A weed is a plant whose virtues have not yet been discovered. At least that’s what Ralph Waldo Emerson said. Using Emerson’s approach as a litmus test, clover is no weed. Clover has properties which yield environmental, health and even magic benefits. So, put down the weed killer and read on!
Originally found in Europe, Central Asia, Australia and Northern Africa this small, perennial, herbaceous plant comes in two types, white clover and red clover. White clover (Trifolium repens, botanically speaking) is small, growing close to the ground. It has small white flower heads and variegated leaves. Red clover (Trifolium pretense) is larger, with pinkish purple flower heads and tall stems.
Environmental benefits: Farmers plant clover as a cover crop between growing seasons because clover naturally restores nitrogen to the soil. So, think twice before you apply broad leaf weed killers to your lawn – in addition to introducing harmful toxins to your family environment, you would be reducing the benefits of an important natural fertilization process. Clover also attracts honey bees and other pollinators, so planting a few clovers around your garden can help promote greater pollination, and therefore more flower, fruit and vegetable production.
Clover is packed with hidden healing properties used to treat fever, coughs, and colds. It’s rich in vitamins A, B2, B3, C, and E. Clover also contains calcium, magnesium, potassium, chromium, and lecithin. Red clover also contains isoflavin, which helps treat certain forms of lymphatic, breast and ovarian cancer. This wonderful plant reduces pain and inflammation and detoxifies the lymph, lungs, blood, liver, and kidneys. When it comes to gout, clover aids in reducing uric acid.
Clover is an expectorant, a decongestant, an anti-asthmatic, a stimulator and a muscle relaxer. Externally, clover is used to treat acne, eczemas, insect stings, ulcerations, psoriasis, and abscesses. It also helps detoxify the blood.
Interested in trying the clover? Clover leaves and flowers can be added to garnishes or tossed salads. Eat the fresh green leaves raw, but steam the old ones and add them to a side dish of spinach, kale, soup, stir fry or pasta. Don’t overcook the leaves or you will lose all the nutrients – just steam them until they are wilted.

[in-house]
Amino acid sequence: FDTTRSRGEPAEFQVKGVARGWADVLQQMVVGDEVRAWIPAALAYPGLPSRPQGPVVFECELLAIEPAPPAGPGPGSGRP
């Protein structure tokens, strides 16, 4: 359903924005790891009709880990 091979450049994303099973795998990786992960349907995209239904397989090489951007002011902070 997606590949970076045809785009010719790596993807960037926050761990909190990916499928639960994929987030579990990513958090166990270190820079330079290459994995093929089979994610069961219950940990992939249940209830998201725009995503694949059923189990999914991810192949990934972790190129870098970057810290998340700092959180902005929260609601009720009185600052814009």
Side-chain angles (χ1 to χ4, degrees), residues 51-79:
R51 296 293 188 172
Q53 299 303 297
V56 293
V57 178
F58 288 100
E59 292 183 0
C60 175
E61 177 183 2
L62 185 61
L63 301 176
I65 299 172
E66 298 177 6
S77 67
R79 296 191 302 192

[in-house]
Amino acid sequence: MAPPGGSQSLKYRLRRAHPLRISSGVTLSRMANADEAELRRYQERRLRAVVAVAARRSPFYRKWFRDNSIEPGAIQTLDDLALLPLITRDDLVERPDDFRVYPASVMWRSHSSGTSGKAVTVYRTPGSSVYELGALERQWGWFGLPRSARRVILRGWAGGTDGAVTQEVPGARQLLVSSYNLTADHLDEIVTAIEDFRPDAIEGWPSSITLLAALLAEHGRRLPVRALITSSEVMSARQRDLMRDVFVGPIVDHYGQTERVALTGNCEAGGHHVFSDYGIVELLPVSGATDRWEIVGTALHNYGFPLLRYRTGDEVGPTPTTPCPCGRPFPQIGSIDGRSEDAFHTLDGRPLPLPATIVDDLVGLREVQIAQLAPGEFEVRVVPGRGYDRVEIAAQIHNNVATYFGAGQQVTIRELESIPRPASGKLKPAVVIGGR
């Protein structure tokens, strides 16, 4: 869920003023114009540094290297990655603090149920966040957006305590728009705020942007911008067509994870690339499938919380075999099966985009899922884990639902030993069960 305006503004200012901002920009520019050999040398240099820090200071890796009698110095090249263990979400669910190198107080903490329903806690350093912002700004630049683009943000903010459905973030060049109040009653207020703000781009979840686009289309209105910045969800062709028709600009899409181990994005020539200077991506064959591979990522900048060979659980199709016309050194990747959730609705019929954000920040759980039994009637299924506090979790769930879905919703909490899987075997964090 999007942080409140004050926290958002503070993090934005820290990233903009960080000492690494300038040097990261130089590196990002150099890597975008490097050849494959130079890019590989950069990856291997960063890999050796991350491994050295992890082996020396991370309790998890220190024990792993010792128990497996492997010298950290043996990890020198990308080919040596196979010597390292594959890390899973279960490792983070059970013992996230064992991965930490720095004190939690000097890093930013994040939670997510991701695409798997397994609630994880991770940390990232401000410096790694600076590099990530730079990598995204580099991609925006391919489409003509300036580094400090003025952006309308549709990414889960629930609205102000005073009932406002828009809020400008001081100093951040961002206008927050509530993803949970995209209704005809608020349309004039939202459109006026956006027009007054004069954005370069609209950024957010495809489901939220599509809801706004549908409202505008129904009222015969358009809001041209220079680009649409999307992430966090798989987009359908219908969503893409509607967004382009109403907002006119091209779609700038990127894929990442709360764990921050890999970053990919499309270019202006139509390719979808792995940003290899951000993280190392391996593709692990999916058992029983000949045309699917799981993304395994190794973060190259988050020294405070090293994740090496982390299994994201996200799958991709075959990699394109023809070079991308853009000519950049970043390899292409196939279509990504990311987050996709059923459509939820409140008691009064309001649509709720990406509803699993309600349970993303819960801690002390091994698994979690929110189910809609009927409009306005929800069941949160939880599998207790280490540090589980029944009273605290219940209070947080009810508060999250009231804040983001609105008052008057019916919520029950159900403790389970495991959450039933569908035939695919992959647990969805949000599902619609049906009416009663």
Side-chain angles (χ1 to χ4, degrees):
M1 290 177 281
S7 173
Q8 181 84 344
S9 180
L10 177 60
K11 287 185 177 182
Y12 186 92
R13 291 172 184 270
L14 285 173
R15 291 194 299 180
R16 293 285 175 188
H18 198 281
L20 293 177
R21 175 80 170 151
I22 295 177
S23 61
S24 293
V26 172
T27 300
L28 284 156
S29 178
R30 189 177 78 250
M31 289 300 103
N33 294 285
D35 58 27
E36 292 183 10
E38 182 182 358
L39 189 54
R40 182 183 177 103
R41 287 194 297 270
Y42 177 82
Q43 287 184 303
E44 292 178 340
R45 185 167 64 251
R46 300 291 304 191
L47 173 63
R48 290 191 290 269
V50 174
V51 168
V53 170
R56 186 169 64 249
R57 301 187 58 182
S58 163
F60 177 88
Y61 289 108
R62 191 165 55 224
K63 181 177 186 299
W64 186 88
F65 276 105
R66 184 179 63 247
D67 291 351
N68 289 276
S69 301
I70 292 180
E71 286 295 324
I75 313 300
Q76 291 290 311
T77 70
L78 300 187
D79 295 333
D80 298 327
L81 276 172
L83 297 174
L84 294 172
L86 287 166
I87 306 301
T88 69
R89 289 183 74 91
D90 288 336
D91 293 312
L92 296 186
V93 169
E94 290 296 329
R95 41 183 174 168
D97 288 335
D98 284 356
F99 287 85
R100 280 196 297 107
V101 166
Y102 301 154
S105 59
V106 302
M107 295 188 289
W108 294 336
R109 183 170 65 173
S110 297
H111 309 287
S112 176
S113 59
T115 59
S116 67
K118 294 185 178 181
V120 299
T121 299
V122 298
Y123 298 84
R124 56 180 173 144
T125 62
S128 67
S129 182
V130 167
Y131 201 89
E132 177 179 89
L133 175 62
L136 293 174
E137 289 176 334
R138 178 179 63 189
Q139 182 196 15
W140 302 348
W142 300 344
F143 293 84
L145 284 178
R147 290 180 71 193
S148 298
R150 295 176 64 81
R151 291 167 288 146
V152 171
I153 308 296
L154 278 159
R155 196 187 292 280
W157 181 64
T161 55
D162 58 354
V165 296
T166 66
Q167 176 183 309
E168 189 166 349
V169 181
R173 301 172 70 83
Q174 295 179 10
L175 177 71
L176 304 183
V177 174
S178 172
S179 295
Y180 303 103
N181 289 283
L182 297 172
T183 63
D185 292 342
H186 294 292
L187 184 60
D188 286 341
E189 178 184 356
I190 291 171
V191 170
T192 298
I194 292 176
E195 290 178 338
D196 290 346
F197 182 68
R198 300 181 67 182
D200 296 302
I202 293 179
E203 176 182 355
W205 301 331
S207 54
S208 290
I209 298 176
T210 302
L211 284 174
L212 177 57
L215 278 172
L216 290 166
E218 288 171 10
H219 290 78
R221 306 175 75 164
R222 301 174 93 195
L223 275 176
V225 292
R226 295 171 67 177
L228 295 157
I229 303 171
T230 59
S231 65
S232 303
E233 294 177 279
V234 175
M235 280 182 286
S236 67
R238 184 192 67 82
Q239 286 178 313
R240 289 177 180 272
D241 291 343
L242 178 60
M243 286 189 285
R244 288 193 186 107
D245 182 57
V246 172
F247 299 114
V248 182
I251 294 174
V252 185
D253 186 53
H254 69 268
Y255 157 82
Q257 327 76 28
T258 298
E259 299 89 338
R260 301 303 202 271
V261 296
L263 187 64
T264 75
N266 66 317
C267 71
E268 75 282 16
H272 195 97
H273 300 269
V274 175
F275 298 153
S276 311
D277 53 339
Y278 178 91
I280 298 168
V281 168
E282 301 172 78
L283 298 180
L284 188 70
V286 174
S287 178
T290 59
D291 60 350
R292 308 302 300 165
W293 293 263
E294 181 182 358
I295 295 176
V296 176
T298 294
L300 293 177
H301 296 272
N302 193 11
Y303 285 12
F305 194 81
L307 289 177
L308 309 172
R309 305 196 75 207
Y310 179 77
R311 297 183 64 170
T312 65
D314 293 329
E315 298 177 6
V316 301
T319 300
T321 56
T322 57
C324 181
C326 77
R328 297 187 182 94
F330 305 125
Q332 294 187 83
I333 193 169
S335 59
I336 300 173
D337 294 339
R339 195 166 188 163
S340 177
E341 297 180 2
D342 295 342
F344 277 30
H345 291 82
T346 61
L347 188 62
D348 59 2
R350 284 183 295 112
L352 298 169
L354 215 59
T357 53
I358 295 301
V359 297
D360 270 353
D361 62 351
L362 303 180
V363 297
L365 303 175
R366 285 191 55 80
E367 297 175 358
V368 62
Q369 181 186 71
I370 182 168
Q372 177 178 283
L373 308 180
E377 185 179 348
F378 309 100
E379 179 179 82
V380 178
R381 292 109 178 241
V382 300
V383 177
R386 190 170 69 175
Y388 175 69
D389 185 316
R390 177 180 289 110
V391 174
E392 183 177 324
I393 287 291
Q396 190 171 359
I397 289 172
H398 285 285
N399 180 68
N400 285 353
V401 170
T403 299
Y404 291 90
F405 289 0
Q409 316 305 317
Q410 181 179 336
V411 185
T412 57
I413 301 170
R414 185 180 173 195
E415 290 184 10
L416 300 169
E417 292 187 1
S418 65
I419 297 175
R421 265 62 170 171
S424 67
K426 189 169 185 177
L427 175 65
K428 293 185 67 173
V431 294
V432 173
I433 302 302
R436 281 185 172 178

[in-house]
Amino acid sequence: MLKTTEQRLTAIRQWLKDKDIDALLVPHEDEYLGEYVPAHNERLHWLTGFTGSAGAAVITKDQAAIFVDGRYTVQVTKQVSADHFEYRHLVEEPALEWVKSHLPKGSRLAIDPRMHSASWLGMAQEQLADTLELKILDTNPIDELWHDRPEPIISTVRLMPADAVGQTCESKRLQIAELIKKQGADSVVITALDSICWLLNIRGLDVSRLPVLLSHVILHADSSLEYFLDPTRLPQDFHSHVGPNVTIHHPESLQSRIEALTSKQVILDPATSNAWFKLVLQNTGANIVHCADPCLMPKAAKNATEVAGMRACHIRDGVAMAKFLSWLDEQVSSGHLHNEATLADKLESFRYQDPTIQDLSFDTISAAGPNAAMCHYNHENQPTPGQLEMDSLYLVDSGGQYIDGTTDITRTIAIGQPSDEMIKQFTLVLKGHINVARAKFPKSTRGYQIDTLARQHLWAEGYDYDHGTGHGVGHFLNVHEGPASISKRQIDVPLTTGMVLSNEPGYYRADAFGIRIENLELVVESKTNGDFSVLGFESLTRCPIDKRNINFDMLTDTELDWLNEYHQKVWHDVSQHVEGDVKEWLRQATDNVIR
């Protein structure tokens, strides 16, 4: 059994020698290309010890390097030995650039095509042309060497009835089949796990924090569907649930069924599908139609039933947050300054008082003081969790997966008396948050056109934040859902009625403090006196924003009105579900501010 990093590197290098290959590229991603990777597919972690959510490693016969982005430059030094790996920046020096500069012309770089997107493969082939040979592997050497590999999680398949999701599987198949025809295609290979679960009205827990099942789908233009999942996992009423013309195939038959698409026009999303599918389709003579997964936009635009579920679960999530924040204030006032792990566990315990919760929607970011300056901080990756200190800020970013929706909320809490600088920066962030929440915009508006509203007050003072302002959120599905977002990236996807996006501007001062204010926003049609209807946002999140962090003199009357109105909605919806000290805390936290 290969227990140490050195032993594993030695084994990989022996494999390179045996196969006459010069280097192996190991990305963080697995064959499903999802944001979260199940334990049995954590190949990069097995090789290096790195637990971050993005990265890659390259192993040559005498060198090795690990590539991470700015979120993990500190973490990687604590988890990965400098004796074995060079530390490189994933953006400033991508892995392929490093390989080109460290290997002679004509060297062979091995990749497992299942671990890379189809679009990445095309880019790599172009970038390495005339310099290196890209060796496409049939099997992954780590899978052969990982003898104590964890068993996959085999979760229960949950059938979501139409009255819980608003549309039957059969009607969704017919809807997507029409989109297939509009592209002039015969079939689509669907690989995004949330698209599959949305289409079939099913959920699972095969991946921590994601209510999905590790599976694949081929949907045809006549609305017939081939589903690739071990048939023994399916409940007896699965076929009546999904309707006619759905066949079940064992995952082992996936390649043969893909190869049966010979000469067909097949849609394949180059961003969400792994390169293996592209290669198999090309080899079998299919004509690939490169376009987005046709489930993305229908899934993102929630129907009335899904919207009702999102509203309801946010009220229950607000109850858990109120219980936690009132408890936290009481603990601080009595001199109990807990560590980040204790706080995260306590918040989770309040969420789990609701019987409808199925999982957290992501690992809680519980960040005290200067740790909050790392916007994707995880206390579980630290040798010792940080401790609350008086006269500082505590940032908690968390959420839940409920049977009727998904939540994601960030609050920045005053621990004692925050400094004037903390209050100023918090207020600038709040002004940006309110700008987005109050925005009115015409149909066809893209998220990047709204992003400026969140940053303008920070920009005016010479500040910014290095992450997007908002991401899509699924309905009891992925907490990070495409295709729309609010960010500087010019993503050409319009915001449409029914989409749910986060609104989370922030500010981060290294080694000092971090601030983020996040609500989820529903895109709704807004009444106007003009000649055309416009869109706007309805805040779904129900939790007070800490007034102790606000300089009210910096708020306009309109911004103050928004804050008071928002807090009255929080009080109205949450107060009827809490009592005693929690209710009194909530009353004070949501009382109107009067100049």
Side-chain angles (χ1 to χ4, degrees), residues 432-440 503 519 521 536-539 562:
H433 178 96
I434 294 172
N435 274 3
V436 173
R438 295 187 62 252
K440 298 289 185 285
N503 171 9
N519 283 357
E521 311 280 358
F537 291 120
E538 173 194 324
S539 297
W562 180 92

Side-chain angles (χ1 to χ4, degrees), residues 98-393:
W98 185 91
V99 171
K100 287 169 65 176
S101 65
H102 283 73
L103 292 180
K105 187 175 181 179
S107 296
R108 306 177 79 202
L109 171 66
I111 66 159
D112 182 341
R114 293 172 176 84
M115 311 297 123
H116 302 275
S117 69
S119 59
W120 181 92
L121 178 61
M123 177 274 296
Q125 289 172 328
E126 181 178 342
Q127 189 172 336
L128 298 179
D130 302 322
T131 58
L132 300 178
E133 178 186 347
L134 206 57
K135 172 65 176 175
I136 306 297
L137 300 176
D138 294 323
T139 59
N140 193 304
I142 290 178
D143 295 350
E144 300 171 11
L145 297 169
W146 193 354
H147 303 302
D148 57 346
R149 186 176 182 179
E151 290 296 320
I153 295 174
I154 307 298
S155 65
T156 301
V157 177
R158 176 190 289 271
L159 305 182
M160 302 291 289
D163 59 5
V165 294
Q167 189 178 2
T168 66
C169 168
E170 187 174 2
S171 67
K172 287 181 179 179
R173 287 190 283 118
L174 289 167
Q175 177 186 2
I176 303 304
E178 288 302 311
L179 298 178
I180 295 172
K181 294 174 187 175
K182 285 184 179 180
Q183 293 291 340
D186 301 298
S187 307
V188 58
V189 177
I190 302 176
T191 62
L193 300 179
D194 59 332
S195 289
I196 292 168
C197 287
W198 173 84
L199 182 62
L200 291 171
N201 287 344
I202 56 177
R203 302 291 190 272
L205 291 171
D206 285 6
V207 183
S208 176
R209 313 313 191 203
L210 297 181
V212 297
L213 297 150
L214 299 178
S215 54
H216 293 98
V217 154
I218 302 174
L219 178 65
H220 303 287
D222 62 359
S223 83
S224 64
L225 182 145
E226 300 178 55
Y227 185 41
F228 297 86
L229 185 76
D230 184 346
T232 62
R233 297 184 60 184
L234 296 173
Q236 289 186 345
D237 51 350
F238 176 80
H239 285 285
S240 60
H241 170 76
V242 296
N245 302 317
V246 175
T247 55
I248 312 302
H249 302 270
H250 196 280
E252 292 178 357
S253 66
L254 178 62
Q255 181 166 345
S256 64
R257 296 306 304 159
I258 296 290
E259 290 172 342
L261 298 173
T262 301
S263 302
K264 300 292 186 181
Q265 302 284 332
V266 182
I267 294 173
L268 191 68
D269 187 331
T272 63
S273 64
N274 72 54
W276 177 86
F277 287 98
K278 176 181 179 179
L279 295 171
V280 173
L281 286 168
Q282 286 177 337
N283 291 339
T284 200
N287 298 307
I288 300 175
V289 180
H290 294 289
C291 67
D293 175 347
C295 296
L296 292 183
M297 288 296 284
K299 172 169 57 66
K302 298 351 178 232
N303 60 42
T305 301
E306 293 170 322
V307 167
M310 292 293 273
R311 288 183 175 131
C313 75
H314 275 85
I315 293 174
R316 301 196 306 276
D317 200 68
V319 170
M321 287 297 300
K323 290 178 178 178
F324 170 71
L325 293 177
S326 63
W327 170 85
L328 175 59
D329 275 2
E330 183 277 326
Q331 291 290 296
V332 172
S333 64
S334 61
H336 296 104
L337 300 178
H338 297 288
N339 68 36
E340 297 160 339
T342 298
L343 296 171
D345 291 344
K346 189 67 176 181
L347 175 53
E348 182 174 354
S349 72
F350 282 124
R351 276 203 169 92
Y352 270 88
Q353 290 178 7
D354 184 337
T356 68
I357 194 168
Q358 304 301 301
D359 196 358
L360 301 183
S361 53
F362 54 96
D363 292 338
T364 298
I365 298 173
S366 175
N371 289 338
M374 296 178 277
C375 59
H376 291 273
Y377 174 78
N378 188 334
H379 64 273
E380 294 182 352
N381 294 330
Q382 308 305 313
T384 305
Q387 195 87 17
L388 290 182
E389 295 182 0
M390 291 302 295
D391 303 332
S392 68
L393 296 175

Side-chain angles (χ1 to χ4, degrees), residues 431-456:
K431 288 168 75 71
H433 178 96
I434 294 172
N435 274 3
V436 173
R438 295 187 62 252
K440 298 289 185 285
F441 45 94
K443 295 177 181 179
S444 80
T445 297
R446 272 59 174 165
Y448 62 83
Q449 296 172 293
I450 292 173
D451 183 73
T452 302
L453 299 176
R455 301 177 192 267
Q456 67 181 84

If you harvest red clover flower heads as they bloom, then dry them out, you can use them in your teas (or for magic, the choice is yours :)). As for the white clover, their flowers are edible but should only be eaten in small quantities.
Magic benefits: Since ancient times clover, the national flower of Ireland, has been used not only for medicine but also for magic. In folk magic, adding red clover to your ritual bath is supposed to help attract money and prosperity, while chasing out evil and unwanted ghosts at the same time. Wearing some white clover on your clothes, or hanging white clover in the corners of your property or home is supposed to ward off bad curses.
The four leaf clover is known as a good luck charm because it protects from evil spirits, disease, and witches, but also used to heal illnesses and see fairies. If you are lucky enough to find a real one, hold onto it! On the contrary, if you happen to see a five leaf clover be aware – the five leaf clovers are supposed to be bad luck!
Next time you curse the so-called “weed” growing in your front lawn remember the amazing environmental, health and magic benefits the clover brings! Saint Patrick’s Day has past but now that you can fully appreciate all the virtues that clover has to offer, why not add a few red and white clovers to your vinegars, teas, homemade beers, or wines?
Be sure to toast Ralph Waldo Emerson when you do!